[Haskell-cafe] Don't make 'show*' functions
wren ng thornton
wren at freegeek.org
Mon Dec 29 23:41:50 EST 2008
Thomas DuBuisson wrote:
> Jeff Heard proclaimed:
> > There are multiple distinct reasons people use Show, and this gets
> > confusing.
> This is exactly what I was getting at. I see four uses being discussed:
Indeed, though I think the situation is even worse. It seems to me that
there are a number of cross-purposes for the Read+Show classes. The two
main questions at stake are:
A) Who/what is the audience?
1) The human user on the other side of the terminal
2) The human developer trying to debug their work
3) The compiler, a la cut&paste
4) A program on the other end of the wire/disk/flux capacitor
B) What is the resolution/detail?
1) All the gory details
2) Enough for a human to get the big picture
3) Enough for a computer to get the right value
The @a == (read . show) a@ interpretation is in A3/B1 territory, or
A3/B3 if smart constructors are used. The GHCi and Hugs REPL are
generally in A2/B1, or A1/B2 if we're trying to abstract away from the
concrete implementation. The showTrie function mentioned at the outset
of this thread is firmly in the A2/B2 category and is not intended for
end users at all.
Clearly not all of these combinations can be serviced by a single class
or pair of classes. Many of the combinations can themselves be broken
down further (how much detail is "enough" to get the big picture?).
One of the things which has always disappointed me about the Read+Show
classes is that they elide the profound difference between A1 and A2.
Printing out a value for human consumption is entirely different than
printing it out for debugging. The A3 compromise only serves to muddy
things further and brings on the spectre of A4. For complex
datastructures like Map, IntMap, and Trie there are many details stored
in the structure which end users need not or should not know about; but
these details are essential to the developers to ensure their code is
doing what they think it should be. Similarly, for these large
datastructures there is a profound difference in resolution between a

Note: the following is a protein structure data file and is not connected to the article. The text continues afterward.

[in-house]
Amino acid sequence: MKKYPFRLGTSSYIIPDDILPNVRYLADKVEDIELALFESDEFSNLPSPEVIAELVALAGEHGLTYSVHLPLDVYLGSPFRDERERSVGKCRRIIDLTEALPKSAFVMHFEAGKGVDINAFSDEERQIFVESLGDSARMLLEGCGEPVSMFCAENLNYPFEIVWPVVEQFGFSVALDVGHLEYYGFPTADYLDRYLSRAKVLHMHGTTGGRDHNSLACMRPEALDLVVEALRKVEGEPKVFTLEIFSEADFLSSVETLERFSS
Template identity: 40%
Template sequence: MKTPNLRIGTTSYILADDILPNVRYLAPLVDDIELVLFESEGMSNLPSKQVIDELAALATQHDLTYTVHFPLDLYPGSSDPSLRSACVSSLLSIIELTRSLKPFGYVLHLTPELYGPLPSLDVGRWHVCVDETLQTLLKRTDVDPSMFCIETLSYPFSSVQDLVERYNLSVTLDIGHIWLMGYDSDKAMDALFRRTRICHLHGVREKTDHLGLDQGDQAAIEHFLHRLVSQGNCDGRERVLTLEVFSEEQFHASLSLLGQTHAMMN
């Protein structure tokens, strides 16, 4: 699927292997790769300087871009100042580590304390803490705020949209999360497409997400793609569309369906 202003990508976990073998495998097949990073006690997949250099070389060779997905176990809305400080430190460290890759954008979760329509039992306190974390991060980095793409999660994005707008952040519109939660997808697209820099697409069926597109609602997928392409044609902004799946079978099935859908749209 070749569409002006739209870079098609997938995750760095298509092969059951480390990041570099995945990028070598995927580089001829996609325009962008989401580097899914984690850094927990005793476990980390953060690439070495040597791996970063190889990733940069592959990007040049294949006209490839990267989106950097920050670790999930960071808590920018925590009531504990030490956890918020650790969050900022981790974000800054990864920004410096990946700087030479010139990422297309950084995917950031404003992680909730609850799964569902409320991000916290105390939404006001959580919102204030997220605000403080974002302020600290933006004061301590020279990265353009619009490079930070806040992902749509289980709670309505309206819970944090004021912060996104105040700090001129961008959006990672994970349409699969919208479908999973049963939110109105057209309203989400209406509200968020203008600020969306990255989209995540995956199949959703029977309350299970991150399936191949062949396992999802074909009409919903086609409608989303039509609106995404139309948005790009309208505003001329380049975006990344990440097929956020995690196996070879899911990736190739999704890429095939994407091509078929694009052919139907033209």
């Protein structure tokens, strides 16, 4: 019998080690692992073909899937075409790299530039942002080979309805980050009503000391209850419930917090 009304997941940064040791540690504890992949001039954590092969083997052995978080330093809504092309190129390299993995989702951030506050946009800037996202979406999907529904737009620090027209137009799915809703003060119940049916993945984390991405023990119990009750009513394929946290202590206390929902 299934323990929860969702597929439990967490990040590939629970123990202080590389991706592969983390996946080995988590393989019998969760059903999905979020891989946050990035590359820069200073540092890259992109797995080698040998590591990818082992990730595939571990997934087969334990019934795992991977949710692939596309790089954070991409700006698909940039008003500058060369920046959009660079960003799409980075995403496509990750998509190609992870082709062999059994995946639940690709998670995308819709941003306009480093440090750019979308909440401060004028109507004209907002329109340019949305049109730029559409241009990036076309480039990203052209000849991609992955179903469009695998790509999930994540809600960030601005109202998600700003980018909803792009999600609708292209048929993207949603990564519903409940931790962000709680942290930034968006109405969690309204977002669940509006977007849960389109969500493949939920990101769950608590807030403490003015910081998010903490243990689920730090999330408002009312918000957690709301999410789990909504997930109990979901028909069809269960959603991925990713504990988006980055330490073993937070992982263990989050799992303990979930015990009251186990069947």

derived Show class and an ASCII-art rendering of the tree. For small
values ---and when you don't trust your tree drawer--- the derived
instance is just what you want, but it quickly becomes unreadable for
all but the most trivial examples.
Given the enormous design space involved here, there is no tractable
answer that will cover everything. People have been working on user
interfaces and data visualization for years, and no perfect answer has
been found. But that doesn't mean we can't make progress. I agree with
Thomas DuBuisson's suggestions and have rephrased them below, along with
three new ones of my own.
Proposal 1: Combine Read and Show into a single class, "enforcing" @a ==
(read . show) a@ with the intention of capturing A3/B1 or A3/B3. While
this may be serviceable for A1 or A2 uses, the intention of the class
should be made clear that it is for A3. Presumably some solution should
be found for types which can be read or shown but not both.
Proposal 2: Clean up Text.PrettyPrint.HughesPJ and market it heavily for
covering code-oriented aspects of A1. Other visualizations like charts,
graphs, or trees should be relegated elsewhere.
Proposal 3: Add a generic Lisp pretty printer function to convert from
the output of Proposal 1 towards output like Proposal 2. Dealing with
operators makes it trickier than Lisp, but most datastructures lack
operators. I'm sure this has already been written in Haskell by Yi
enthusiasts, and it should reduce the cost of getting people into using
Proposal 4: Write a generic function for taking recursive types and
printing them as a tree. Users should only need to serialize the "here"
content of each node, leaving it up to the generic function to add
spines and adequate spacing between nodes. This is for targeting A2/B2.
While it's a time-honored tradition to implement specialized versions of
this function to introduce people to recursion, making a standard
version for visualizing large datastructures would alleviate some of the
burden of what Show should be doing.
Proposal 5: Currently a main consumer of Show is the GHCi or Hugs REPL.
However, those are used both by end users and by developers, which leads
to the elision between A1 and A2. Provided the previous four proposals
are taken to heart, it would be nice if GHCi and Hugs had commands to
select which viewing mode (show, prettyShow, lispShow, treeShow) should
be used for each type. By default, when available prettyShow should be
favored over lispShow which is favored over show; but this behavior
could be changed on a type-by-type basis. There are complications here
regarding how to recurse for each element of a type, but they seem soluble.
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